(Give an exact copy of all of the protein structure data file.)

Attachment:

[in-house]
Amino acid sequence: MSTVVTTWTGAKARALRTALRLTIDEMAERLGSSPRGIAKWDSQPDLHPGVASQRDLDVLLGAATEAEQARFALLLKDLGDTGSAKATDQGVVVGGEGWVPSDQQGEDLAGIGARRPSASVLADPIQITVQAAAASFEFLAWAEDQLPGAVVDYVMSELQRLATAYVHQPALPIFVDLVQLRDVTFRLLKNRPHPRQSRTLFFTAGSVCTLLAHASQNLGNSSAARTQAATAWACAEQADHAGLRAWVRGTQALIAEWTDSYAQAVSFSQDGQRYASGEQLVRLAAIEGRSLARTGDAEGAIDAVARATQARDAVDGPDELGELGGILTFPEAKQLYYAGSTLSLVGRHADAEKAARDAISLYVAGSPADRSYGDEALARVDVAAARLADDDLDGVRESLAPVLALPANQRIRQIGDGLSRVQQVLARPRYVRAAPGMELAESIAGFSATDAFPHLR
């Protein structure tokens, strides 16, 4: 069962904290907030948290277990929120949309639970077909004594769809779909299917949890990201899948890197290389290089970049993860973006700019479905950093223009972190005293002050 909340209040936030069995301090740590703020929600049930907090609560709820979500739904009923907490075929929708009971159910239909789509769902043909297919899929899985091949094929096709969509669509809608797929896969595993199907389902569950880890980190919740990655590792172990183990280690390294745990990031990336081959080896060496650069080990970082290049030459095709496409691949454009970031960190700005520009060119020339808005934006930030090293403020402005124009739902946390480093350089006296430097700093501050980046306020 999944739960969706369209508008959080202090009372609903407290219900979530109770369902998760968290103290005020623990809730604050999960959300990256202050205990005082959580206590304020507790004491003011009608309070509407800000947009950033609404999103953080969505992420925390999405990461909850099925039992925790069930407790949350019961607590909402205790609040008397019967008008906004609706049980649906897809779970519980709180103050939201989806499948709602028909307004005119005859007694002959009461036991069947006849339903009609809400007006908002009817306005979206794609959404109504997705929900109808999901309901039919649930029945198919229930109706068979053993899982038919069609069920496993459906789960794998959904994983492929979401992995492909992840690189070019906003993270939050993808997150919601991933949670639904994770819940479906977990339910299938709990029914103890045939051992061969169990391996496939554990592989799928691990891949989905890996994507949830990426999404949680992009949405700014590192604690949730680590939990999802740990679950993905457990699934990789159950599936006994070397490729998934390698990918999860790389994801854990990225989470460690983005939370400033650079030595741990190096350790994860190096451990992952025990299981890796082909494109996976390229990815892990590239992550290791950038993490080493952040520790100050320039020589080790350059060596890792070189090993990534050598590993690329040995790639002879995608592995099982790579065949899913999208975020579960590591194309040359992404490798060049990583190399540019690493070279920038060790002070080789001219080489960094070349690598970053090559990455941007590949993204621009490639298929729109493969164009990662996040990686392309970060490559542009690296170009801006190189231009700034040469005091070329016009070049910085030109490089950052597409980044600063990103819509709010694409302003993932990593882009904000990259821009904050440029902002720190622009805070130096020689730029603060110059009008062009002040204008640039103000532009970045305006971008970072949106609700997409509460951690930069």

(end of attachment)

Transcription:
[in-house]
Amino acid sequence: MSTVVTTWTGAKARALRTALRLTIDEMAERLGSSPRGIAKWDSQPDLHPGVASQRDLDVLLGAATEAEQARFALLLKDLGDTGSAKATDQGVVVGGEGWVPSDQQGEDLAGIGARRPSASVLADPIQITVQAAAASFEFLAWAEDQLPGAVVDYVMSELQRLATAYVHQPALPIFVDLVQLRDVTFRLLKNRPHPRQSRTLFFTAGSVCTLLAHASQNLGNSSAARTQAATAWACAEQADHAGLRAWVRGTQALIAEWTDSYAQAVSFSQDGQRYASGEQLVRLAAIEGRSLARTGDAEGAIDAVARATQARDAVDGPDELGELGGILTFPEAKQLYYAGSTLSLVGRHADAEKAARDAISLYVAGSPADRSYGDEALARVDVAAARLADDDLDGVRESLAPVLALPANQRIRQIGDGLSRVQQVLARPRYVRAAPGMELAESIAGFSATDAFPHLR
């Protein structure tokens, strides 16, 4: 069962904290907030948290277990929120949309639970077909004594769809779909299917949890990201899948890197290389290089970049993860973006700019479905950093223009972190005293002050 909340209040936030069995301090740590703020929600049930907090609560709820979500739904009923907490075929929708009971159910239909789509769902043909297919899929899985091949094929096709969509669509809608797929896969595993199907389902569950880890980190919740990655590792172990183990280690390294745990990031990336081959080896060496650069080990970082290049030459095709496409691949454009970031960190700005520009060119020339808005934006930030090293403020402005124009739902946390480093350089006296430097700093501050980046306020 999944739960969706369209508008959080202090009372609903407290219900979530109770369902998760968290103290005020623990809730604050999960959300990256202050205990005082959580206590304020507790004491003011009608309070509407800000947009950033609404999103953080969505992420925390999405990461909850099925039992925790069930407790949350019961607590909402205790609040008397019967008008906004609706049980649906897809779970519980709180103050939201989806499948709602028909307004005119005859007694002959009461036991069947006849339903009609809400007006908002009817306005979206794609959404109504997705929900109808999901309901039919649930029945198919229930109706068979053993899982038919069609069920496993459906789960794998959904994983492929979401992995492909992840690189070019906003993270939050993808997150919601991933949670639904994770819940479906977990339910299938709990029914103890045939051992061969169990391996496939554990592989799928691990891949989905890996994507949830990426999404949680992009949405700014590192604690949730680590939990999802740990679950993905457990699934990789159950599936006994070397490729998934390698990918999860790389994801854990990225989470460690983005939370400033650079030595741990190096350790994860190096451990992952025990299981890796082909494109996976390229990815892990590239992550290791950038993490080493952040520790100050320039020589080790350059060596890792070189090993990534050598590993690329040995790639002879995608592995099982790579065949899913999208975020579960590591194309040359992404490798060049990583190399540019690493070279920038060790002070080789001219080489960094070349690598970053090559990455941007590949993204621009490639298929729109493969164009990662996040990686392309970060490559542009690296170009801006190189231009700034040469005091070329016009070049910085030109490089950052597409980044600063990103819509709010694409302003993932990593882009904000990259821009904050440029902002720190622009805070130096020689730029603060110059009008062009002040204008640039103000532009970045305006971008970072949106609700997409509460951690930069």